Contrary to the opinion of the Tennis snobs, you can benefit each and every time you step onto the court regardless of who's on the other side of the net. The greatest benefit, though, will be in knowing that you made someone else feel good about it. Do you remember how it made you feel the first time a stronger player asked you to hit with them? I do.

Bring a new player into the game

We are a fat and out of shape society. I've shown you these statistics before yet they are still frightening.

  • The percentage of Americans that are either overweight or obese has grown from 47 to 65 percent in the last 20 years.

  • The number of extremely obese American adults - those who are at least 100 pounds overweight - has quadrupled since the 1980s to about 4-million. That's about one in every 50 adults.

  • 60% of American adults don't get the recommended amount of physical activity, and over 25% of adults are not active at all.

Sadly, we all have that friend or relative that is a couch potato and who's only exercise is moving from the couch to the refrigerator. Commit yourself to getting a tennis racket in their hands and introduce them to the game that has given you so much. You just might save their life.

Smile when you come off the court, win or lose.

Yes, I know, we all want to win but in the overall scheme of things, it really doesn't matter whether you win or lose a tennis match. John McEnroe is not waiting in the locker room to interview you and you still have to take out the garbage when you get home.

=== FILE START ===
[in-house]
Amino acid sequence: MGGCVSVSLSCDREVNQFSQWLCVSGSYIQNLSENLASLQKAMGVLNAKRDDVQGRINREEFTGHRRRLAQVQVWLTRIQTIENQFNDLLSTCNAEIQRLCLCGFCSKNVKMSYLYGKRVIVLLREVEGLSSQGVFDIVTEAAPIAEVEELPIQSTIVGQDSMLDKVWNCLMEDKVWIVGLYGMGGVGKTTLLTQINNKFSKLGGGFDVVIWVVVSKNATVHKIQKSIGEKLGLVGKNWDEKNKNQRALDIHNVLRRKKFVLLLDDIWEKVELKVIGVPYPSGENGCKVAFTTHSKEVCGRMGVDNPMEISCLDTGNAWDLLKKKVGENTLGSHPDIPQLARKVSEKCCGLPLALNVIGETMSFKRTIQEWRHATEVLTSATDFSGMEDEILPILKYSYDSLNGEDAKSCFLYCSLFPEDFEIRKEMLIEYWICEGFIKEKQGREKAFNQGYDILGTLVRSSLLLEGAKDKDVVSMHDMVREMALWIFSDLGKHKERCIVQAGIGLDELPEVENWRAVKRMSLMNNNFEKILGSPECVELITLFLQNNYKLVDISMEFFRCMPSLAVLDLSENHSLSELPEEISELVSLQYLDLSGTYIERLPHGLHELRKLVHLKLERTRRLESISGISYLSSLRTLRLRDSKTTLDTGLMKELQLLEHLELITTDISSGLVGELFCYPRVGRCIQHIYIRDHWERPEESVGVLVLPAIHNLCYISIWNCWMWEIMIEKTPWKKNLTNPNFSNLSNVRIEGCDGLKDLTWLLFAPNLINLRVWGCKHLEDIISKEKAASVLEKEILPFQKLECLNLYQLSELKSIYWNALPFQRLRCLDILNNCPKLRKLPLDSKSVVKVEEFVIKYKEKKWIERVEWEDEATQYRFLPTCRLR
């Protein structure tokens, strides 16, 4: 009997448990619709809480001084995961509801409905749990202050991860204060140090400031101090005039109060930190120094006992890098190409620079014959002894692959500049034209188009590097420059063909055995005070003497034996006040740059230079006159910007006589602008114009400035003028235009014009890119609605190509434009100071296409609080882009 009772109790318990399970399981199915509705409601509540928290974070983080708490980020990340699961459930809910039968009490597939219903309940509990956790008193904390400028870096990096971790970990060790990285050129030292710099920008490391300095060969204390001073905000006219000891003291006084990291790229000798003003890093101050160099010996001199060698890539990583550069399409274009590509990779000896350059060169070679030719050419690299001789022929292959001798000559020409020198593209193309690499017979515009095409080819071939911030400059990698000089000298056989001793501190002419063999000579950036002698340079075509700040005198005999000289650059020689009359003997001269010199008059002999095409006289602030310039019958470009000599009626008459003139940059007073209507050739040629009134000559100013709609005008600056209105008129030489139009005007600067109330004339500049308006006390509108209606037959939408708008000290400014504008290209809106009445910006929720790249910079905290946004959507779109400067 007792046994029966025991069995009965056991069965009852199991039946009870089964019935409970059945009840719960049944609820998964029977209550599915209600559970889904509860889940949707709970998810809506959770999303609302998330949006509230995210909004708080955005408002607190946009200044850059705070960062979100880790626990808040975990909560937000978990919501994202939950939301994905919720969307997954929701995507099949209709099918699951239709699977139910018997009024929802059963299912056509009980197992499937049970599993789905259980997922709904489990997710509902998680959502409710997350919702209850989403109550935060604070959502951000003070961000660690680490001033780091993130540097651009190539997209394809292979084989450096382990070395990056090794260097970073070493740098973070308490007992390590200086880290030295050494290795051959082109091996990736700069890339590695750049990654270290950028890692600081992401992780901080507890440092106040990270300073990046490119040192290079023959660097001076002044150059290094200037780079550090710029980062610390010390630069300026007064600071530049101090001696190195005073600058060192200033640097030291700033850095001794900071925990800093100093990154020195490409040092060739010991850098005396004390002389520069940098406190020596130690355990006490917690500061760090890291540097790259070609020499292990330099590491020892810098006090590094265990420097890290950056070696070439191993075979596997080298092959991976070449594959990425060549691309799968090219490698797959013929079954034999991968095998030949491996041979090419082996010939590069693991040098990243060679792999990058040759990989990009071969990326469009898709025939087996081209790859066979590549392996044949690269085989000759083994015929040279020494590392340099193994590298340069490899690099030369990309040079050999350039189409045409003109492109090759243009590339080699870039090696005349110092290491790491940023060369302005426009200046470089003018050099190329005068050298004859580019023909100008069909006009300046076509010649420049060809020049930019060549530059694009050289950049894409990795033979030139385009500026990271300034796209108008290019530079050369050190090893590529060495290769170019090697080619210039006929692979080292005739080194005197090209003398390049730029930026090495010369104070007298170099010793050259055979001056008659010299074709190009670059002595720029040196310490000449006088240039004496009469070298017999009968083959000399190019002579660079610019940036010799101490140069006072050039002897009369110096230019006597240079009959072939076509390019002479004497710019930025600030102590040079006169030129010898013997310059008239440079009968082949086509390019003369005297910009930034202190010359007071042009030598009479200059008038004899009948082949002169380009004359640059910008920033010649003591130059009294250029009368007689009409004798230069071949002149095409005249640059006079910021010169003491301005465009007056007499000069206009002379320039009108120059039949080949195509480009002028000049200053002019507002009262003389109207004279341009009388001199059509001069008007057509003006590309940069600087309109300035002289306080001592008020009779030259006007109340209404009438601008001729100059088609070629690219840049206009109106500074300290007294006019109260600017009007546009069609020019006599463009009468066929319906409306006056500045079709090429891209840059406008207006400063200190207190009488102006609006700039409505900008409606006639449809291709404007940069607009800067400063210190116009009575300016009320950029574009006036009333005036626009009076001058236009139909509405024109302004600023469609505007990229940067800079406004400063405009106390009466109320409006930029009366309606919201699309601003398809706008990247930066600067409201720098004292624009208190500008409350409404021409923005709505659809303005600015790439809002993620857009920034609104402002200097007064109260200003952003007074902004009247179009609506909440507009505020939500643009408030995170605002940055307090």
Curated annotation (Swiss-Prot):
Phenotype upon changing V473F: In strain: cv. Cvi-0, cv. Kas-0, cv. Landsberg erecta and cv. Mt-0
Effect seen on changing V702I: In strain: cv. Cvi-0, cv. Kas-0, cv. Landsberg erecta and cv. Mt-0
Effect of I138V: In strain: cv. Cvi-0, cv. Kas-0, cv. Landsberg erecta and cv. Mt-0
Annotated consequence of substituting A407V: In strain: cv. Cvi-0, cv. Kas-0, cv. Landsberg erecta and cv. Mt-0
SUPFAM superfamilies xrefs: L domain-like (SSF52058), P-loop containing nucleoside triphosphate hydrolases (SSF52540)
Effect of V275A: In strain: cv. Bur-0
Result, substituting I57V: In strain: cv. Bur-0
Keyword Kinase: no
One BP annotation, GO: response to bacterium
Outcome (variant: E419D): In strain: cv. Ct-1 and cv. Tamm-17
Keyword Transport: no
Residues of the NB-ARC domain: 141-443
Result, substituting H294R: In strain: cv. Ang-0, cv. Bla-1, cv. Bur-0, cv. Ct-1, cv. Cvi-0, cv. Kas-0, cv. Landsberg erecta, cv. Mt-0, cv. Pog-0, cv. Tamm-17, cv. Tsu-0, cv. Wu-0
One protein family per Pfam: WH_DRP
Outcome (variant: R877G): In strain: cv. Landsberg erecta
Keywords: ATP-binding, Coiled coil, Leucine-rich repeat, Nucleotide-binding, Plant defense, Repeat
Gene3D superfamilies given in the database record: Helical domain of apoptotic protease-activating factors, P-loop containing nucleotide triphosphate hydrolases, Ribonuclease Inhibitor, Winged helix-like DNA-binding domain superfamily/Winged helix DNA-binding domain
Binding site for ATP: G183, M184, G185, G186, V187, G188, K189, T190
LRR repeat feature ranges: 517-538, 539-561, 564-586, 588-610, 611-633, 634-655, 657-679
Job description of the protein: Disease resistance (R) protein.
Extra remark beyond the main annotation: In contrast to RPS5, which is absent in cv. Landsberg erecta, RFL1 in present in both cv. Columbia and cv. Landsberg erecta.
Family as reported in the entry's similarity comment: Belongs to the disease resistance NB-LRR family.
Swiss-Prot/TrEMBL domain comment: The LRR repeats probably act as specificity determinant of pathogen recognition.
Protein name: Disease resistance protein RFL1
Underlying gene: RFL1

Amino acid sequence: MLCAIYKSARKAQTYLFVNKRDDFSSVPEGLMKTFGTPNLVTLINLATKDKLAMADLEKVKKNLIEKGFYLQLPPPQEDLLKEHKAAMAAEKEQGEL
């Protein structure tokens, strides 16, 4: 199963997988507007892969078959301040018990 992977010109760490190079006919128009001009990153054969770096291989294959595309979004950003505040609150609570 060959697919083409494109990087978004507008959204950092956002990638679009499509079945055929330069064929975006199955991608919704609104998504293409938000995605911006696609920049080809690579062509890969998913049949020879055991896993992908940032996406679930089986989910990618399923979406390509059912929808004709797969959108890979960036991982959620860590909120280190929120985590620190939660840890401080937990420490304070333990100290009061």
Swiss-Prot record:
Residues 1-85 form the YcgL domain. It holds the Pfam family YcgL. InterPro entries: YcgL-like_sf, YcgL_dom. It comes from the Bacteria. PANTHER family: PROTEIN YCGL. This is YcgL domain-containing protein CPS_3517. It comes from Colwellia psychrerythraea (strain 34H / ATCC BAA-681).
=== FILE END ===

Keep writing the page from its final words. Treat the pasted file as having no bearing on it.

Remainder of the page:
Don't get too wrapped up in what the scoreboard says. Enjoy the many things that tennis has to offer that have nothing to do with the score of the match. Enjoy the exercise, the camaraderie, the competition and the process of learning to become better. If you can learn to appreciate these things, you'll be a winner every time you walk off the court.

Oh, and one more. It's time for a little shameless self-promotion. Be sure to look for my new book titled "Winning Tennis Beyond Big Shots." It's due out in March but don't worry, I'll remind you again.

Have a great year, play lots of tennis and I'll see you next month.

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Mortal Tennis/Circle Game Archive

If you have not already signed up to receive our free e-mail newsletter Tennis Server INTERACTIVE, you can sign up here. You will receive notification each month of changes at the Tennis Server and news of new columns posted on our site.

This column is copyrighted by Greg Moran, all rights reserved.

Greg Moran is the Head Professional at the Four Seasons Racquet Club in Wilton, Connecticut. He is a former ranked junior and college player and certified by both the USPTA and USPTR. Greg has written on a wide variety of tennis-related subjects for numerous newspapers and tennis publications including Tennis, Tennis Match and Court Time magazines. He is also a member of the FILA and WILSON Advisory Staffs.

Questions and comments about these columns can be directed to Greg by using this form.